New Zealand is losing more than $700 million a year as a result of profit shifting schemes by multinational companies, a new study has found.

The figure is more than double the $300m estimate given this month by ministers Judith Collins and Steven Joyce, when they announced proposals to crack down on tax-avoiding multinationals.

The study, carried out by the UK-based Tax Justice Network using 2013 data, found global losses as a result of profit shifting amounted to about US$500 billion ($711b) a year.

The organisation describes profit shifting as the process of companies moving profits from their subsidiaries in higher-tax countries - where the real economic activity takes place - to other subsidiaries in tax havens.


This is typically achieved by the company setting up internal trades which exploit international tax rules to move taxable profits from one jurisdiction to another.

In response to questions, a statement from Revenue Minister Collins said the $300m figure was based on information Inland Revenue had compiled through tax returns, investigations and surveys of companies operating in New Zealand. She said it was more detailed and specific to New Zealand than the Tax Justice Network's $700m estimate.

"The OECD maintains that estimating the revenue impact of BEPS [base erosion and profit shifting] is difficult from a global perspective," said Collins. "The best source of information concerning the loss of revenue to BEPS in any country is the revenue authority in the jurisdiction itself."

She said the three BEPS consultation papers released by the Government this month were an important part of the solution, as was New Zealand's adoption of the Multilateral Convention to Implement Tax Treaty Related Measures to Prevent BEPS.

University of Auckland tax expert Michael Littlewood, a professor of law, said nobody really knew how much New Zealand was missing out on, and that was a big part of the problem.

"Both those figures I think are entirely plausible," he said, adding that the real tally could well be more than $700m.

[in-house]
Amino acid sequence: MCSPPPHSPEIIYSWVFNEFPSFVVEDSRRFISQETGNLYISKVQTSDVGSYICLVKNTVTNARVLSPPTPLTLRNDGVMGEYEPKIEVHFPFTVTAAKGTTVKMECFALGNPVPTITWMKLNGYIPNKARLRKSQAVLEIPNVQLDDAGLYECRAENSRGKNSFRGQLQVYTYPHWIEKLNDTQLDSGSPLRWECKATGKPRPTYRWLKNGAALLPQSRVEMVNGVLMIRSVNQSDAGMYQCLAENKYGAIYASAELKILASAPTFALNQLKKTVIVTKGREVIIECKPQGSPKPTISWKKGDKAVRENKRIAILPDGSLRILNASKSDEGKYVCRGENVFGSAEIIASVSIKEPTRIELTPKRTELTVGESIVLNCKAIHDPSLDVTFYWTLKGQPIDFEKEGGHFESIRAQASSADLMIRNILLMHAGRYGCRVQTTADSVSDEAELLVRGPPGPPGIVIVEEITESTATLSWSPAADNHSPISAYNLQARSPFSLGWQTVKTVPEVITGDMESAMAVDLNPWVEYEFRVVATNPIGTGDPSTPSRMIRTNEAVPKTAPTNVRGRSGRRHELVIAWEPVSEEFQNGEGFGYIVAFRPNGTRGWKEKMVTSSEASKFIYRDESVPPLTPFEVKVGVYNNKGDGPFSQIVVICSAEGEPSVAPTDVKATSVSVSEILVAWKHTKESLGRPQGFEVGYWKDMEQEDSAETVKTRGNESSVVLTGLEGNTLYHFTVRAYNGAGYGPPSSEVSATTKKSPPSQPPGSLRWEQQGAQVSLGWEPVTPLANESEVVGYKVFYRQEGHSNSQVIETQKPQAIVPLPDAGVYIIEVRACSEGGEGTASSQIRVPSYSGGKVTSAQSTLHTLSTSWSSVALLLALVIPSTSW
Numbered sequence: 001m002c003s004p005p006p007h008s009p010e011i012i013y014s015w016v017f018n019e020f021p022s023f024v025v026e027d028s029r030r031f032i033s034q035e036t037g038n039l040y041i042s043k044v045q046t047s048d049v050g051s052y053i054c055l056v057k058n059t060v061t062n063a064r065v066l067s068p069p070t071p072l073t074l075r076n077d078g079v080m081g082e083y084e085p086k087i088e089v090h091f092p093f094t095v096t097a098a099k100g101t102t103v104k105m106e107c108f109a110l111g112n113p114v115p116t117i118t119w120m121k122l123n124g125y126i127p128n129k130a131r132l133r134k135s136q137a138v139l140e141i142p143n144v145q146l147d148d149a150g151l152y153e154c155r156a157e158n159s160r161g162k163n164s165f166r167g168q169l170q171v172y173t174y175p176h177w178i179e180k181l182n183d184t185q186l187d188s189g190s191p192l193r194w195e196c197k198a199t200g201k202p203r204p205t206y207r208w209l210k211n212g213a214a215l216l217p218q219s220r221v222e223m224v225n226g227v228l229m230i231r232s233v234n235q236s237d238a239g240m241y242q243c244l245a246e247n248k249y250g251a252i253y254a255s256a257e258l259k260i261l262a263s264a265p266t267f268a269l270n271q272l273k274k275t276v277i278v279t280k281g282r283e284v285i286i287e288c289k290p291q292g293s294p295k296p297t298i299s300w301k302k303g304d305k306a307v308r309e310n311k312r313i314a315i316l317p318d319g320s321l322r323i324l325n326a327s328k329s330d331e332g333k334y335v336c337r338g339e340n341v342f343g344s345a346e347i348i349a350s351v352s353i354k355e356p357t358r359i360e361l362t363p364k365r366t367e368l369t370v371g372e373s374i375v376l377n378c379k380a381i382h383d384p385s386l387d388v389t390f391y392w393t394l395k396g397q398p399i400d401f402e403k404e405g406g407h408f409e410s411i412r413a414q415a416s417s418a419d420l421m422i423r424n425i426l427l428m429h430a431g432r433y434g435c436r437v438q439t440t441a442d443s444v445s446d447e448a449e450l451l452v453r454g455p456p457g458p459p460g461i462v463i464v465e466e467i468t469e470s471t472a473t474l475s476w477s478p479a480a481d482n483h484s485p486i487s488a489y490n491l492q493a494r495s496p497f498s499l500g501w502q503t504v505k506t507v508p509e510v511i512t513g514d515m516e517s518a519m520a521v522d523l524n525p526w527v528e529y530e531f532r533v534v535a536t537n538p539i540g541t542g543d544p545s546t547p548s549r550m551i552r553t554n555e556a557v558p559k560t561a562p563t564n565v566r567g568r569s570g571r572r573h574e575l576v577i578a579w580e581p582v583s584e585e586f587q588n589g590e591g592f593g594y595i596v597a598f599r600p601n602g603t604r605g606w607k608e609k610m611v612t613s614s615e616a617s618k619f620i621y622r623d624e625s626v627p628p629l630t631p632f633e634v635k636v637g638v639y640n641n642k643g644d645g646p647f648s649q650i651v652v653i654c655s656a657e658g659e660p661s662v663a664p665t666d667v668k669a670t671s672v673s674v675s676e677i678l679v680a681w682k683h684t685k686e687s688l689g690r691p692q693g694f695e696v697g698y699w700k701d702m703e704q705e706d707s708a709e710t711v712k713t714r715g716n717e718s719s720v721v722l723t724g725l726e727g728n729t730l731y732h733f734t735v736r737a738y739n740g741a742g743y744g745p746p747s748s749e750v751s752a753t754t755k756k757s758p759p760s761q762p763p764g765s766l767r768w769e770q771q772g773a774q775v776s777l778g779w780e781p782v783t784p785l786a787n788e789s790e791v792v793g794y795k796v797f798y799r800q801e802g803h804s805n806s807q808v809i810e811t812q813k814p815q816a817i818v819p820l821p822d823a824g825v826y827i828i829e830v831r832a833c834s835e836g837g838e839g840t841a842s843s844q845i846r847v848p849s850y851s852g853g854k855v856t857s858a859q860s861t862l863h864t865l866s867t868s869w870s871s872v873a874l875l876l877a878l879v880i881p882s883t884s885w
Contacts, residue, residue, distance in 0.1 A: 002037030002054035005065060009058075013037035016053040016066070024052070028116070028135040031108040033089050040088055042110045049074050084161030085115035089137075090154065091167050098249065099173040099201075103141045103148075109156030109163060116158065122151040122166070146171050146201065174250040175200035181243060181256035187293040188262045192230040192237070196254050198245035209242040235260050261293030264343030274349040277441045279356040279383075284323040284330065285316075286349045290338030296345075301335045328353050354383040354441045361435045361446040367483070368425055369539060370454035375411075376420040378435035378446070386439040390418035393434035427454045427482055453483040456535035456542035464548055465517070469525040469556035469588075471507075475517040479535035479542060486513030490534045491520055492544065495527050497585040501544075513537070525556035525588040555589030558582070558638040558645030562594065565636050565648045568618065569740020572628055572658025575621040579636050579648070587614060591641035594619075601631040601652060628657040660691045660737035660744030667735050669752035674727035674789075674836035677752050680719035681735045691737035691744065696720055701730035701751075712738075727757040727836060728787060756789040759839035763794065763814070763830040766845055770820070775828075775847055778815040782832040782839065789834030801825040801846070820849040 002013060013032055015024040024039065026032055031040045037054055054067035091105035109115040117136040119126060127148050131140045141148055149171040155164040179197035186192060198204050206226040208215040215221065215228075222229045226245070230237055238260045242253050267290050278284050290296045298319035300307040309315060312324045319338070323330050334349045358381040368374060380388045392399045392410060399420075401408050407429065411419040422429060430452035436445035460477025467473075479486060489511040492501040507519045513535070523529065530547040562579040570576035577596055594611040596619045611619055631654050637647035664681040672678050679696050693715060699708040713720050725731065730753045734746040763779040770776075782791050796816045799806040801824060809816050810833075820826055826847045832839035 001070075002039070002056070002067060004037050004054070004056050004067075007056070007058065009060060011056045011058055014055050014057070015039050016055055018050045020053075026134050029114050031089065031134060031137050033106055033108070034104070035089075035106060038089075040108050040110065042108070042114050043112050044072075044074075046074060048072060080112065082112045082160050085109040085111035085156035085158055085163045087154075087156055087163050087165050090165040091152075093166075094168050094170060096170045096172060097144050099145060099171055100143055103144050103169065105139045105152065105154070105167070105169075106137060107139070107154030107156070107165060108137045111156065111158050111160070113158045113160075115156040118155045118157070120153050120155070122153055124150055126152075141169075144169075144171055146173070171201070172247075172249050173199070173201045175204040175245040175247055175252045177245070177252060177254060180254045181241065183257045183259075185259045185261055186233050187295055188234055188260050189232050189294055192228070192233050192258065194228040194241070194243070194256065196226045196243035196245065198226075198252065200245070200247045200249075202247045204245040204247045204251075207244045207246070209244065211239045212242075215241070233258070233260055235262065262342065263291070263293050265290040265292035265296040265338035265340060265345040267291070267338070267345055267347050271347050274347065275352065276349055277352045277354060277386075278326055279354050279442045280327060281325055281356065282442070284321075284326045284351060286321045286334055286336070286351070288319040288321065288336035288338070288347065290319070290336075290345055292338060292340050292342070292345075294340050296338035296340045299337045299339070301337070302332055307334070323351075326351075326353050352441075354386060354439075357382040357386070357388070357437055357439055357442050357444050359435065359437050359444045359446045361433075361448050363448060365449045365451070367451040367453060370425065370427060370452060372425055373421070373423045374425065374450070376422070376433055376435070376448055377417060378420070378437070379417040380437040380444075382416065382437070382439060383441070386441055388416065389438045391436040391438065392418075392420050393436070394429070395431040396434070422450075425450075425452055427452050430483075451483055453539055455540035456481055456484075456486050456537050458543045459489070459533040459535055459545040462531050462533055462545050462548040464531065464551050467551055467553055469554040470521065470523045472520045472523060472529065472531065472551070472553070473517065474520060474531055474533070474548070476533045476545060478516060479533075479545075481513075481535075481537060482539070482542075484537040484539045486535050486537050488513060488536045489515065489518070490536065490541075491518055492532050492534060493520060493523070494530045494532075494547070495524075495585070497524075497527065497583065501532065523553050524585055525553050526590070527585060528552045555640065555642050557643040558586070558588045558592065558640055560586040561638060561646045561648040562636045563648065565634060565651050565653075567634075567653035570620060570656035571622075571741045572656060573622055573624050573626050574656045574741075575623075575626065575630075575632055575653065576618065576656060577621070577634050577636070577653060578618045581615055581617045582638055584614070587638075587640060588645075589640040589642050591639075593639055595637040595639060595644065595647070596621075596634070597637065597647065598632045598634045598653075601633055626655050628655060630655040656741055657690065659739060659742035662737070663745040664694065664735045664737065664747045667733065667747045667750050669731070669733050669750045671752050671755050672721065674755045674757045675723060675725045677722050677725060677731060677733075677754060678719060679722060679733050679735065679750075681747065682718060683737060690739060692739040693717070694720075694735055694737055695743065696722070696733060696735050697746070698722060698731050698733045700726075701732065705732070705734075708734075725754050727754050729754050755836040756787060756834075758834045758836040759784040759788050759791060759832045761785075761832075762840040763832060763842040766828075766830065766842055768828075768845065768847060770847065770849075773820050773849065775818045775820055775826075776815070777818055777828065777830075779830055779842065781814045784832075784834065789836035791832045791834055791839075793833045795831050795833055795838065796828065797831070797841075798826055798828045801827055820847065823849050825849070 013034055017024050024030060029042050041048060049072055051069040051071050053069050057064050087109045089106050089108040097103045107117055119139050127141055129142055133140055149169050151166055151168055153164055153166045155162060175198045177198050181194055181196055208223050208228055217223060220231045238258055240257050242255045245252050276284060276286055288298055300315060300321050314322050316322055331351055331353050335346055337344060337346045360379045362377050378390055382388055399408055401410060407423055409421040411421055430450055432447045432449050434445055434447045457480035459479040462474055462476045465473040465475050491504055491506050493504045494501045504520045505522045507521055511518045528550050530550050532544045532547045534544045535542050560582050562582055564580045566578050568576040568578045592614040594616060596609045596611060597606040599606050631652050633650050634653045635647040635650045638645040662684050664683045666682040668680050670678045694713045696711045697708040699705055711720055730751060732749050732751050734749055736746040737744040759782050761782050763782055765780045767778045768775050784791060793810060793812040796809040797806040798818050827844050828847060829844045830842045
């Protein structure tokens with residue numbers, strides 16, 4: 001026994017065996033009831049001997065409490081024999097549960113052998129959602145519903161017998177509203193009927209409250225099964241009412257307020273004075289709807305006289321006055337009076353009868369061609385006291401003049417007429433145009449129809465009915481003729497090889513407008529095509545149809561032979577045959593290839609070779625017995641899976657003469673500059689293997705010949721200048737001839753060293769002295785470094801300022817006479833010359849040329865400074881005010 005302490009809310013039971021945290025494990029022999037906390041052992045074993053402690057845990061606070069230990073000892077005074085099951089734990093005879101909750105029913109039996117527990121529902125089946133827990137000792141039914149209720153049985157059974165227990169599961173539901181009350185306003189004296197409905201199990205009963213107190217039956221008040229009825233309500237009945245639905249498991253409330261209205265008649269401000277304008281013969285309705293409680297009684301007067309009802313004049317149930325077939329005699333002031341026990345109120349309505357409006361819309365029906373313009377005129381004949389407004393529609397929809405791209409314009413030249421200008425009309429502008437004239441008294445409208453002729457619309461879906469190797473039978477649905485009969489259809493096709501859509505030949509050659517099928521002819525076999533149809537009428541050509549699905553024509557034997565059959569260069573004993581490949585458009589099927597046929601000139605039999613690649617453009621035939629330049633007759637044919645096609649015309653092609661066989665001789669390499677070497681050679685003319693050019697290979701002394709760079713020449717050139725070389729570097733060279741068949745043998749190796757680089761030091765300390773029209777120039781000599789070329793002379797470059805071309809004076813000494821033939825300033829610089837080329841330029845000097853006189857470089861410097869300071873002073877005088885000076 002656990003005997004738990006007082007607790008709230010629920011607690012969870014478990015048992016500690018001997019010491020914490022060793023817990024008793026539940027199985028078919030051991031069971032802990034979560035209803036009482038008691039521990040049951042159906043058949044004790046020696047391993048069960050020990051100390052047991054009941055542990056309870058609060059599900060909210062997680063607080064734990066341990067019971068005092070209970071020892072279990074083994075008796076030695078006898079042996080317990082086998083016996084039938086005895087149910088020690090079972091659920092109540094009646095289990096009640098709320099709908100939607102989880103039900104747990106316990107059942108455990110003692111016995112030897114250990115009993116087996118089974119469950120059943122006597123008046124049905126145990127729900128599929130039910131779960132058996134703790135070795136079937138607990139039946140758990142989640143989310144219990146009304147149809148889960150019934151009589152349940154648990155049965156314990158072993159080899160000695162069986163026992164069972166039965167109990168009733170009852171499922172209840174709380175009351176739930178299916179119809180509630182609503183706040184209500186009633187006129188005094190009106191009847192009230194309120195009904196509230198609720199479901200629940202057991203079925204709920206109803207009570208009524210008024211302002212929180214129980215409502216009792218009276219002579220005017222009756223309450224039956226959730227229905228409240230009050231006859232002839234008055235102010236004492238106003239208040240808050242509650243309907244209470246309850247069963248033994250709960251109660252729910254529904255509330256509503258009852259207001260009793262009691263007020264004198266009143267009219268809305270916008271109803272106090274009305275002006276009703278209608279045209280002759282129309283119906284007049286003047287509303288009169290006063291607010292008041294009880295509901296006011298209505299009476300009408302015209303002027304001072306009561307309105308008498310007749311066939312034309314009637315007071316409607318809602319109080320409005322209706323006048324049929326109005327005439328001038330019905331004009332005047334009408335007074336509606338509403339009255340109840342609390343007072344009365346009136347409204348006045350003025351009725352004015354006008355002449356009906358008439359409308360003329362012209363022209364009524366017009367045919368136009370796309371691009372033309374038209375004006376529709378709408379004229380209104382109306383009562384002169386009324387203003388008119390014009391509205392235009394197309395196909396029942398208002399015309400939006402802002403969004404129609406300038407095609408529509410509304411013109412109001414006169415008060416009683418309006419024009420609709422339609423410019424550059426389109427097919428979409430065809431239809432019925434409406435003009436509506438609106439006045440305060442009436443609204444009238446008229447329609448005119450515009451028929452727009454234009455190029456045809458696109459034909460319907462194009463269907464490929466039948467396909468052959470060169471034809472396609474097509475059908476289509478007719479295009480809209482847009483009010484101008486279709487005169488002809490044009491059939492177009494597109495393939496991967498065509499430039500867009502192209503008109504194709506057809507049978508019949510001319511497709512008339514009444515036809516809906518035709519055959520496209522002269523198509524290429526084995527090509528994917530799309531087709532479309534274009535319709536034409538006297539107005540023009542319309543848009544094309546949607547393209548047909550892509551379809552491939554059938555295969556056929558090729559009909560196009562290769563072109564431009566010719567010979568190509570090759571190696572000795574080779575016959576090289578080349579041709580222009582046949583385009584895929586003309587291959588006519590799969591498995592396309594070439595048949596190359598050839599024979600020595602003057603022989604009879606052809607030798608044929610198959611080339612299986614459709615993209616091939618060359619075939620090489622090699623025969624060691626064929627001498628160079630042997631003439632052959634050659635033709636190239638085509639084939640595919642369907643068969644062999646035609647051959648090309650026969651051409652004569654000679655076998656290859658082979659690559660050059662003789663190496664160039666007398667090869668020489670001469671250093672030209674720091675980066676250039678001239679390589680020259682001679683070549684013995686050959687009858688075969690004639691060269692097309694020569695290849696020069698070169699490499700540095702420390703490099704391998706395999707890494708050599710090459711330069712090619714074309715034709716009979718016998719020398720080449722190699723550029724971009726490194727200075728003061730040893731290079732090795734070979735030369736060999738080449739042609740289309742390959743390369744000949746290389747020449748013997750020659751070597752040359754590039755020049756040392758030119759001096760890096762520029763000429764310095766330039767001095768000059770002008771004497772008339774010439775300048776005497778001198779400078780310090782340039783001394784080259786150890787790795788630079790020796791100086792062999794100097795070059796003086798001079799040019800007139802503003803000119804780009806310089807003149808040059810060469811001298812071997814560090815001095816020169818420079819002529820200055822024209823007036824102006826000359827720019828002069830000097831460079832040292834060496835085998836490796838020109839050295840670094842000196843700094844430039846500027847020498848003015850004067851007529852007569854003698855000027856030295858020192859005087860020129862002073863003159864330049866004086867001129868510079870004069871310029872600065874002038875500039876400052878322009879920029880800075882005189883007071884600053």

He said the effectiveness of the Government's proposed new measures remained to be seen.

"Consultation can be a good thing or it can be a bad thing because it can be something that leads to action but it can also be a stalling technique that doesn't achieve much."

Labour Party revenue spokesman Michael Wood said the Government had a history of underestimating the extent of the problem.

"Certainly, other tax experts in New Zealand have estimated it could be between $500m and even $1 billion a year," he said. "So this is pretty much in the range and it confirms it is a serious problem that we have to act on."

Labour was calling for a full inquiry and action on the issue. In addition to the Government's current review, Wood said consideration should be given to introducing a diverted profit tax - or "Google tax" - something the Government had refused to do.

Green Party co-leader James Shaw said the discrepancy between the Government's figures and the Tax Justice Network's estimate highlighted the need for better information.

"I know that it is a very nebulous area but I think the scale of the range shows that the Government needs to put more focus on doing the numbers and on resourcing Inland Revenue to build a clearer picture," he said.

"This sort of thing is fundamentally unfair because it's revenue that the Government could use to invest in infrastructure and public services."

The study was based on data from the International Centre for Tax and Development, using International Monetary Fund methodologies.

It found that lower-income nations were the biggest victims of profit shifting, and in some countries, including Zambia and Argentina, losses exceeded 4 per cent of GDP.